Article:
[THE INVESTOR] South Korea needs a balanced and sophisticated strategy to cope with efforts by China and Japan to take the lead in building a free trade framework for Asia and the Pacific amid the US’ strengthening protectionism, experts here say.
At a summit in Manila earlier this month, the leaders of 16 countries involved in talks on launching the China-led Regional Comprehensive Economic Partnership agreed to complete the negotiating process by the end of 2018.
RCEP encompasses the 10-member Association of Southeast Asian Nations, China, Japan, Korea, India, Australia and New Zealand. Combined, they account for nearly half of the world’s population and almost one-third of global trade and gross domestic product.
Three days before the RCEP summit, Japan and 10 other countries around the Pacific Rim affirmed their commitment to reviving the Trans-Pacific Partnership without the US.
At a meeting on Nov. 11 in Danang, Vietnam, the countries’ ministers agreed on the core elements of a deal to take the place of the TPP, which Donald Trump rejected shortly after he was sworn in as US president early this year.
The new deal named the Comprehensive and Progressive Agreement for the Trans-Pacific Partnership is planned to be finalized by the first quarter of 2018.
While taking some rules from the original accord, the CPTPP looks quite similar to its predecessor. Japan has been eager to create incentives for the US to join the pact in the future.
Korea was not included among the 12 countries that concluded the TPP in October 2015.
Then-US President Barack Obama, backed by Japanese Prime Minister Shinzo Abe, had pushed for the conclusion of the deal excluding China, which he said should not be allowed to write the 21st-century international trade norms while it has unfair practices in place.
At the time, Korea focused on reaching a bilateral free trade agreement with China, hesitating to join the TPP, which was denounced by China as a scheme designed to keep in check its growing economic power.
The move by Japan and 10 other Pacific Rim countries to fix the accord deserted by Trump suggests the US’ absence would not eliminate the benefits of the deal.
Choi Byung-il, a professor of the Graduate School of International Studies at Ewha Womans University, described the TPP without the US as a “strategic space open for Korea.”
Experts say Korea needs to move to join the TPP 11 and set aside concerns about possible disadvantages that may be caused in trade with Japan. The 10 other members are Australia, Brunei, Canada, Chile, Malaysia, Mexico, New Zealand, Peru, Singapore and Vietnam.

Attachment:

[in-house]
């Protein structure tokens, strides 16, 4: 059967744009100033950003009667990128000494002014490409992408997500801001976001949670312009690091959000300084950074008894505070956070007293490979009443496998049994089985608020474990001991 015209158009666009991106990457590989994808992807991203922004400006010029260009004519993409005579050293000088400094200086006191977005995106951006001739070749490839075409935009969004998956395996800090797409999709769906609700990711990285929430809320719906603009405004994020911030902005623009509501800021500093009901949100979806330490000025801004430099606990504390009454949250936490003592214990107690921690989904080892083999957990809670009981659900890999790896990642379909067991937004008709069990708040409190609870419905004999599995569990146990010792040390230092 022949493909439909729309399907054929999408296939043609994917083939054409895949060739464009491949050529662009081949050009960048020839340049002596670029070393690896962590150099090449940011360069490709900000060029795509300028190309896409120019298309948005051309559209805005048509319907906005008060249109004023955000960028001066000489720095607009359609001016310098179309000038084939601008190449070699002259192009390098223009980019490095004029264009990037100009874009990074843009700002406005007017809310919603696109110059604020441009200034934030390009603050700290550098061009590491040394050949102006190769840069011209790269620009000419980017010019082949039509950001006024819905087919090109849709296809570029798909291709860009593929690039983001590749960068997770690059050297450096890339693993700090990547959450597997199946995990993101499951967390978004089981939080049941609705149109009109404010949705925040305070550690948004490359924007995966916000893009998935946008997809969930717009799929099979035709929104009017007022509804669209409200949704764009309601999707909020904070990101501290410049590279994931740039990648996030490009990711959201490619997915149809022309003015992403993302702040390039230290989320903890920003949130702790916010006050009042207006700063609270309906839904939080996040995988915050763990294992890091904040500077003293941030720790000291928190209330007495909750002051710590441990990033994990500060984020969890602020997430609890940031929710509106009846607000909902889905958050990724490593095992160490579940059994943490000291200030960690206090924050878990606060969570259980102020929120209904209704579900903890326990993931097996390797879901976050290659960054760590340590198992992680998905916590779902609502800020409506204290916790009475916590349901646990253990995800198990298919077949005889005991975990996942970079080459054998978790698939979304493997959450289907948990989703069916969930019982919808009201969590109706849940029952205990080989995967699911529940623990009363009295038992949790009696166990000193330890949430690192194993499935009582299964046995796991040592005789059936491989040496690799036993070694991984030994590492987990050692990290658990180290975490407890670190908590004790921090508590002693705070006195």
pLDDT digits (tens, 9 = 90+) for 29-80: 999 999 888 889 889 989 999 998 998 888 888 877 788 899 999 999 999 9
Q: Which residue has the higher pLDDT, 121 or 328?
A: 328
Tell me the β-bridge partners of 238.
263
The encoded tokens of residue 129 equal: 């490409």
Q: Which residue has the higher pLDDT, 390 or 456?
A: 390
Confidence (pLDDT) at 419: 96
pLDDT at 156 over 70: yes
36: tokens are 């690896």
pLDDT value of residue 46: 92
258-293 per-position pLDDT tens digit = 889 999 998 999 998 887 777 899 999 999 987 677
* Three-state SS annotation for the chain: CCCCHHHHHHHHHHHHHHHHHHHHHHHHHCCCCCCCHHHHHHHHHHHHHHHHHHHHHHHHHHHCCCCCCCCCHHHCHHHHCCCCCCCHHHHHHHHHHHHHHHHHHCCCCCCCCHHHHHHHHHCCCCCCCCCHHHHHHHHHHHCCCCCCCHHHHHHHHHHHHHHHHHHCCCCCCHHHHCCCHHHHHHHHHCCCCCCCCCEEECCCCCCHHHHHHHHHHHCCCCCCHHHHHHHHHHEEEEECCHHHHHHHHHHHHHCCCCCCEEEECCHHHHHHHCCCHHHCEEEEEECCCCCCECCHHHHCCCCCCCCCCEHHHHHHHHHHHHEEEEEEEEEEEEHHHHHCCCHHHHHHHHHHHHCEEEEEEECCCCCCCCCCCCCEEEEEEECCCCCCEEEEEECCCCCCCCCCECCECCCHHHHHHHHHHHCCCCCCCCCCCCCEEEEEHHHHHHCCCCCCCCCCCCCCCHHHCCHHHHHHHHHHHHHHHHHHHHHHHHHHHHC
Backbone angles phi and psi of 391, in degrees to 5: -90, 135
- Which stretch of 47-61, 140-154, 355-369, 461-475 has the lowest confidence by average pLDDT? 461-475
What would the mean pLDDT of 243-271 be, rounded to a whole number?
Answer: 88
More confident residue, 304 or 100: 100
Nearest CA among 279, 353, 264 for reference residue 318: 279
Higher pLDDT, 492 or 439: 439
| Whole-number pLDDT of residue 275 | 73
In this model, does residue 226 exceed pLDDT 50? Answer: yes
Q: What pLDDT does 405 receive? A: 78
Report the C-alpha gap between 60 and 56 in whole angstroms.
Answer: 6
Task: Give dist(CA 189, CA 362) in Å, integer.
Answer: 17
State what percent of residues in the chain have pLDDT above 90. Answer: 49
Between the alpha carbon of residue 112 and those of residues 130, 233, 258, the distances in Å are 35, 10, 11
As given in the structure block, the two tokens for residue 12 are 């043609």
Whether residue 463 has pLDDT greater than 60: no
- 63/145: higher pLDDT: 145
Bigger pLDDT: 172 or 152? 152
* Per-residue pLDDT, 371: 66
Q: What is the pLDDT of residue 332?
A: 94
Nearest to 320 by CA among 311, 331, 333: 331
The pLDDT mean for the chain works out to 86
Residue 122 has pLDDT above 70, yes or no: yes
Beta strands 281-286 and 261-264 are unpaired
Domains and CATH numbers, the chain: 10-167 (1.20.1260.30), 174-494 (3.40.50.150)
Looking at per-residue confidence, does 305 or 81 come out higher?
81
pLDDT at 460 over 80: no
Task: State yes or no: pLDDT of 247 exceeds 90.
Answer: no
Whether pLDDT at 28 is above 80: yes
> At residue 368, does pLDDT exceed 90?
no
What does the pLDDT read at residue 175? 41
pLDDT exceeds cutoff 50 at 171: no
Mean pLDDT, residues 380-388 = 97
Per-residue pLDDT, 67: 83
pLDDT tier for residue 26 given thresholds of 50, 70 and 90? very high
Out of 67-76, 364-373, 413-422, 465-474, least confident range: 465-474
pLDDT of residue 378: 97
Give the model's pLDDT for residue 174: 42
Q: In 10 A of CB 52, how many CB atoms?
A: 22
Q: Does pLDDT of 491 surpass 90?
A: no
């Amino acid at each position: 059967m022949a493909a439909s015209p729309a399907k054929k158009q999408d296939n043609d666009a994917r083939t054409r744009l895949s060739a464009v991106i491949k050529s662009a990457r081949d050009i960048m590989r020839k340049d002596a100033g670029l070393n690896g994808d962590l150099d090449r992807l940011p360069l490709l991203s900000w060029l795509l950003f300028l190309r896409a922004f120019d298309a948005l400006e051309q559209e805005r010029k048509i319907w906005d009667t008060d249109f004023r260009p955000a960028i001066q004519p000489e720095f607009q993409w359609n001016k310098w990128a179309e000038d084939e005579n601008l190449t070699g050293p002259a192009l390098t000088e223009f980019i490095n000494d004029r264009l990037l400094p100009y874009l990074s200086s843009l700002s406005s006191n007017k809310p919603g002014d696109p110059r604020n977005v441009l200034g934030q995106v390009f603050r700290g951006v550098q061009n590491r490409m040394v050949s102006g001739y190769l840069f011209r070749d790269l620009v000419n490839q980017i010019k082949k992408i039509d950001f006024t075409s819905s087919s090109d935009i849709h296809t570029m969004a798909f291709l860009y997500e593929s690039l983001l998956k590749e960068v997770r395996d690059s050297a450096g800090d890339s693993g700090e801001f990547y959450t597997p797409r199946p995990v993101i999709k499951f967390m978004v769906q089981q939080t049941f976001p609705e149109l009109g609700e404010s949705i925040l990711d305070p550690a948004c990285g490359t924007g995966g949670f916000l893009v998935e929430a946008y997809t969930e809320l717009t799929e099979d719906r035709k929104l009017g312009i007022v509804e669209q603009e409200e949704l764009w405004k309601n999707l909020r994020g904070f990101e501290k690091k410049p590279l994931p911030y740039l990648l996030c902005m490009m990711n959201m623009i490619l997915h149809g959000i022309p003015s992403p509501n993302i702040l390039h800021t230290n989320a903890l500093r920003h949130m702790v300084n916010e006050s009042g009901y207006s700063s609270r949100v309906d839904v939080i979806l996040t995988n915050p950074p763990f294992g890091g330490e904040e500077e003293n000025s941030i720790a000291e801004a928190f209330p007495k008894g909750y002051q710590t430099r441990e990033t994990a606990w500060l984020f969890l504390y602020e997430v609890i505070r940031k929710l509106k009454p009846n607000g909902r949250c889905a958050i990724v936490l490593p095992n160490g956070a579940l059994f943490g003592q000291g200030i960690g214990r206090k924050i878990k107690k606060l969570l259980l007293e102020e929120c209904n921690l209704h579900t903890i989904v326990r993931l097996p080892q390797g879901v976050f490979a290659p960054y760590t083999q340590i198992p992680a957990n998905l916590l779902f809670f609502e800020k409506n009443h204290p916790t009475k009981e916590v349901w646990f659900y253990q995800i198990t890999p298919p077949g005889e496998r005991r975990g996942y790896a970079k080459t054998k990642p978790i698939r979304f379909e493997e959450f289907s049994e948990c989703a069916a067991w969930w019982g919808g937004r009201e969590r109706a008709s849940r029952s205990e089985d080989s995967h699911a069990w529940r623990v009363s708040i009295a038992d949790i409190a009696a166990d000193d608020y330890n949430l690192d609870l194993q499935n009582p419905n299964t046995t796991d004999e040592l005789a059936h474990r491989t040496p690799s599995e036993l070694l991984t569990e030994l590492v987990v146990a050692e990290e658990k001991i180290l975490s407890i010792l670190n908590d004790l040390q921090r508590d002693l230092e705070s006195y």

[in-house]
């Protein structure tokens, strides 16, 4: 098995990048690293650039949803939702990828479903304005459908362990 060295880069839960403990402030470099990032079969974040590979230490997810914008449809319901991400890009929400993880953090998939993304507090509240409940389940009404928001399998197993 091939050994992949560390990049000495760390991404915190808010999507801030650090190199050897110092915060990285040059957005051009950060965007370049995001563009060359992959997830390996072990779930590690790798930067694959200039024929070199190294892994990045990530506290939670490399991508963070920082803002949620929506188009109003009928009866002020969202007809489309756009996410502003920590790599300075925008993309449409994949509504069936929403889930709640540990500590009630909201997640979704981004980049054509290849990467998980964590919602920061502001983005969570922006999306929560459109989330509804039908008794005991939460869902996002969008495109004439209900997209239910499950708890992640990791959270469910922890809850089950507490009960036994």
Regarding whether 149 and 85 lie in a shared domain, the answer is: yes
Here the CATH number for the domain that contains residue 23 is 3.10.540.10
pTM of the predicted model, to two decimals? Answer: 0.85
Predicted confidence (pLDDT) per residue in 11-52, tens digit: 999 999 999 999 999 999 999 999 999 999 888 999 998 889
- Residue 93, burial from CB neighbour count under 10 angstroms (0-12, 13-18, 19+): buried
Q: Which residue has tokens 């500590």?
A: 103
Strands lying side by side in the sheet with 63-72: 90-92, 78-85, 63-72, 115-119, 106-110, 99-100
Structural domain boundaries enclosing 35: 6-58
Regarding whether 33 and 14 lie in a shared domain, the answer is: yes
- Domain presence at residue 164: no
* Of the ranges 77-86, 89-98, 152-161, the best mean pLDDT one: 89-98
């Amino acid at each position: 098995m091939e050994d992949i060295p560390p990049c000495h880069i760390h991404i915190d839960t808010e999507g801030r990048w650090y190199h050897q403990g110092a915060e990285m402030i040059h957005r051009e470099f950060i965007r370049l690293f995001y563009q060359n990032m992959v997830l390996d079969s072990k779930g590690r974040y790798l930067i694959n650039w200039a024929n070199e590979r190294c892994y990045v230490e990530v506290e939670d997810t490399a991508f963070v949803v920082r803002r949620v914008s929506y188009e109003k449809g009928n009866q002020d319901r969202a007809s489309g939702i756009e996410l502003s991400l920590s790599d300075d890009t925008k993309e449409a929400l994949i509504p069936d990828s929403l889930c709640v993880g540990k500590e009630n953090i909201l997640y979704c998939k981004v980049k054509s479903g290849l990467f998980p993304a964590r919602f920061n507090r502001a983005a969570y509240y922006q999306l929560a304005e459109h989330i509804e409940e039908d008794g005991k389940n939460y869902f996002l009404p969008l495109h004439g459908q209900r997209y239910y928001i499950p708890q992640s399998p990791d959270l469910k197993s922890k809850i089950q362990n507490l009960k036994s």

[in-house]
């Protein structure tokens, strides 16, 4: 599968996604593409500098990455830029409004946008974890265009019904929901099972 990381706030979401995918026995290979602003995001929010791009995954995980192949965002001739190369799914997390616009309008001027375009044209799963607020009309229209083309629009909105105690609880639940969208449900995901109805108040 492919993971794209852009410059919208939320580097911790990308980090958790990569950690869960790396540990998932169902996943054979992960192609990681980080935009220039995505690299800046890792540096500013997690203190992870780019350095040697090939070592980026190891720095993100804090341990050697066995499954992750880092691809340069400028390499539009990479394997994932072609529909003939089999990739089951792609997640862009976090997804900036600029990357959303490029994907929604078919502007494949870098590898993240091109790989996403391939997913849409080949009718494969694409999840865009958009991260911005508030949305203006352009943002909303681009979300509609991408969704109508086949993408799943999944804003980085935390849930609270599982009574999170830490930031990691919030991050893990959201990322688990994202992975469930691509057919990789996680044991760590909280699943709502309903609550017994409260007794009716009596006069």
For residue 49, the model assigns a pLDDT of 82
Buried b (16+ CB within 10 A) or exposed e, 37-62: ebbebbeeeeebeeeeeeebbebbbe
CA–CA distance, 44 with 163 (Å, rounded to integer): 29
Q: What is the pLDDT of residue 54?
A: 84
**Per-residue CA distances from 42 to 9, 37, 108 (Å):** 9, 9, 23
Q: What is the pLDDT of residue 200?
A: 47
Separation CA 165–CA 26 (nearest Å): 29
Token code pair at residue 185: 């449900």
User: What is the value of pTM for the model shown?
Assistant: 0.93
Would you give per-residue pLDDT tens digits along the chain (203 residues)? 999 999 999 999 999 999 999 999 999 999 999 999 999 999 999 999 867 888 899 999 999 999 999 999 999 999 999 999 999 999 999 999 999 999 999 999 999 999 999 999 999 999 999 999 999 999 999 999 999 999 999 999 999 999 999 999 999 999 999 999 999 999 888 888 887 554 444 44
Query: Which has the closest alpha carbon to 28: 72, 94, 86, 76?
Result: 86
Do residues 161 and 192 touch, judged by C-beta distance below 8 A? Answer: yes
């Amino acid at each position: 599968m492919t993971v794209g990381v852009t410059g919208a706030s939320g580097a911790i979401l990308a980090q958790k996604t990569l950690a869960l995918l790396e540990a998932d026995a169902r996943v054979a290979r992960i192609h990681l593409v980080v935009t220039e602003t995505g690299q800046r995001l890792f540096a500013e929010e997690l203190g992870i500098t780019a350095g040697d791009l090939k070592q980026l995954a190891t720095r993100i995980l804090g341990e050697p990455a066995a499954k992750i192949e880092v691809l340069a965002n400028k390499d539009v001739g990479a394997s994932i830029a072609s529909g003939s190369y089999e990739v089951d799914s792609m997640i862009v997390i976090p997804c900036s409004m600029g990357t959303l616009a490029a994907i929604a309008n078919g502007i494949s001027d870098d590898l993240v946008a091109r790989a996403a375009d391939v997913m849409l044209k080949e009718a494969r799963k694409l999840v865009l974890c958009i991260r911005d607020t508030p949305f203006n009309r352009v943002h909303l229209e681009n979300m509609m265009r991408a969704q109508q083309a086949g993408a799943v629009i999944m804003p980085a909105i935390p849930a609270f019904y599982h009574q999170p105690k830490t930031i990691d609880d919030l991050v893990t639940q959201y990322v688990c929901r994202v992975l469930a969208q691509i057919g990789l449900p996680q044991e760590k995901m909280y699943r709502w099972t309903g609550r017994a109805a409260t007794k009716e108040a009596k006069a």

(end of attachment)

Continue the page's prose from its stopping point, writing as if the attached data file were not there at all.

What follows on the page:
Korea also stands to gain from the early conclusion of the 16-member RCEP deal.
Since May 2013, 20 rounds of negotiations have been held to conclude the trade accord, which made little progress due to differences among the countries involved over the degree of market liberalization.
Korea has sided with Japan and Australia to call for eliminating or reducing tariffs on about 90 percent of goods traded in the region, while China, India and most Southeast Asian nations want a lower-level deal.
Some experts note wider market access guaranteed under the RCEP scheme could help lift China’s trade barriers and keep it from resorting to bullying tactics in disputes with other countries.
Korea is also positioned to play a bridging and catalytic role between China and Japan in reaching a trilateral free trade deal, which could result in facilitating the broader economic integration of the Asia-Pacific region.
Efforts toward expanding multilateral trade networks have taken on added significance as Korea has in recent years seen import restrictions on its products increase across the globe and its export growth fall behind a rise in world trade.
According to data from the Korea International Trade Association, the country’s companies faced 31 import restrictions on their goods in the US and India as of October, followed by 14 in China and Turkey, 11 in Brazil and 10 in Canada.
The Bank of Korea recently forecast Korea’s outbound shipments would increase 3.7 percent and 3.5 percent from a year earlier in 2017 and 2018, respectively. The increase rates fall below the 4.2 percent and 4 percent gains in global trade in the corresponding years, as projected by the International Monetary Fund earlier this year.
Korea’s exports have underperformed international trade since 2014. During the period between 1980 and 2013, the country’s outbound shipments grew at a slower pace than global commerce only four times -- in 1985, 1989, 1990 and 2001.
“Over the past years, there has been little increase in global demand for Korea’s major export items except for semiconductors,” said Lee Geun-tae, an analyst at the LG Economic Research Institute.
Experts say Korea should redouble efforts to forge free trade deals with more regional blocs to overcome rising protectionism.
The country’s negotiators hope to launch free trade talks with the Russia-led Eurasian Economic Union (EAEU) by the end of the year.
The combined GDP of the EAEU, which also includes Armenia, Belarus, Kazakhstan and Kyrgyzstan, amounted to $1.6 trillion last year, with its population totaling 180 million.
Korea also agreed with Uruguay during a bilateral economic committee meeting here last week to make a joint push for a trade accord between the country and Mercosur, a South American common market comprised of Argentina, Brazil and Paraguay as well as Uruguay.
Bilateral trade between the two sides has been on a downturn since peaking in 2013.
By Kim Kyung-ho/The Korea Herald (email@example.com)